His job for the last month as a candidate has not been to sell his views or his vision for Libya, but to stand out in the crowd.

With so many candidates running in such a short election cycle, a vote slated to redefine Libyan politics in the post-Gadhafi era has very little to do with political vision. The winning candidates will largely consist of those with the most posters, the largest tribes, the best social network or the most number of friends, Baker and other parliamentary candidates said.

“How are people supposed to choose a candidate if they only see his picture on campaign ads? People don’t know what they are voting for,” explained Abdel Nasser al Sakalany, 57, an independent candidate in Tripoli’s Anzara district. Regardless, “you have to go through this period because we have no alternative.”

Baker’s is the 116th name on the ballot from which 132,000 registered voters will choose in Tripoli’s Hay al Landalus district.

“Everyone thought running for an election would be easy. We didn’t know. So people ran for Parliament. But they didn’t think about funding or what their vision should be,” Baker said. “Now winning is about relationships.”

Where most nations of the Arab Spring had some sense of politics, Gadhafi had isolated Libya from any political evolution. During Gadhafi’s tenure, activists were arrested or killed as only one party – his Green Party— could exist.

Saturday’s election is Libya’s attempt to create a political structure. The Parliament will choose the next prime minster and Cabinet. And 60 members will be elected to write a constitution to replace the Green Book, a diatribe of Gadhafi edicts that guided the country since 1969.

Yet those who make up the legislative body could win by a few hundred votes.

Libya’s nascent government, formed just over a year ago, has focused largely on addressing the concerns in cities that led to the uprising, which began in February 2011 and ended with Gadhafi’s death last August.

In Benghazi, Libya’s second largest city and the heart of the uprising, there is talk of splitting the country up and outrage over the number of seats it will have in the new Parliament – 26, to Tripoli’s 30. There have been outbreaks of violence against election centers around Benghazi, raising concerns about how orderly Saturday’s election there will be.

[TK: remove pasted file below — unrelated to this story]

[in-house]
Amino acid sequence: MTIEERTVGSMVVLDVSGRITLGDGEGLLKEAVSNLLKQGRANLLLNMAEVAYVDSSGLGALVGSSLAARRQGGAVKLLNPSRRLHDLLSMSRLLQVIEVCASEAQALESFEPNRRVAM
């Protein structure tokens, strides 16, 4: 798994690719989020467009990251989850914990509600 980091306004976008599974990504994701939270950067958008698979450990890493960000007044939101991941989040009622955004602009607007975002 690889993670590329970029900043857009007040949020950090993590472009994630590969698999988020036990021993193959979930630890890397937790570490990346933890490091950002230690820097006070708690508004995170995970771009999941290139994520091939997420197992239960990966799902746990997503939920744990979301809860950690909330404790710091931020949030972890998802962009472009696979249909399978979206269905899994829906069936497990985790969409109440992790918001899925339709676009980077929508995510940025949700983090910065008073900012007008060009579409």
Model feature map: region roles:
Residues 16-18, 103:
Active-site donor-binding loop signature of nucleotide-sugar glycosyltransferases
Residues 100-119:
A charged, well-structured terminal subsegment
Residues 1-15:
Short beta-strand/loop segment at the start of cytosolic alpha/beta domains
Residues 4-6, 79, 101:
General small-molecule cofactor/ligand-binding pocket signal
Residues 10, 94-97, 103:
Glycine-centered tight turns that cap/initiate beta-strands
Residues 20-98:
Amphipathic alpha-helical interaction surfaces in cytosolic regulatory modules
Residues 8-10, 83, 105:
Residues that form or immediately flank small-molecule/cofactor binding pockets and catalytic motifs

Indeed, on Friday, someone reportedly shot at an election helicopter in Benghazi. A day earlier, someone set fire to an elections office in the nearby city of Ajdabiya.

The legislature is structured in a complex way that appears to limit any one party from dominating the election. In local district council elections held throughout the country during the spring, the Muslim Brotherhood garnered 51 percent of the votes. For the Parliament, there are 73 districts each represented by individual candidates, party candidates or both. In those districts, voters will receive two ballots. Baker’s district consists of three individual candidates and three party candidates.

Baker, 37, is a mechanical engineer by trade, and his campaign staff of 45 is largely fellow engineers. They work out of a friend’s office. Most of their rival candidates don’t have a slogan; Baker’s is: “We chose Libya. Who will you choose?”

He found 80 friends to put his campaign poster on their cars’ back windows. Facebook and Twitter are the best measure they have of their reach. Baker has 3,000 “likes” on his Facebook page, a promising sign, according to his campaign.

Unlike most candidates, Baker raised enough money through friends to air radio ads, which include a campaign song written for him. Less fortunate candidates used existing songs or simply limited their campaigns to posters that now litter the capital.

Gadhafi looms over the campaign. Some candidates are fighting for votes by campaigning as his biggest foe. Al Sakalany, for example, has let voters know he was arrested twice under Gadhafi, once for talking about killing him and the other time for plotting it.

Baker rejects such campaigning, saying it is time to focus on the future. And however haphazard and hurried the process has been, the need for a new system is hard to miss. Each city has created its own system of governance, armed forces and definition of a successful post-Gadhafi Libya.

And in the capital, the massive compound that once housed Gadhafi is now hundreds of feet of rubble. An array of campaign posters now decorate what were the walls of the compound.

Special correspondent Bahaa Aturban contributed from Tripoli.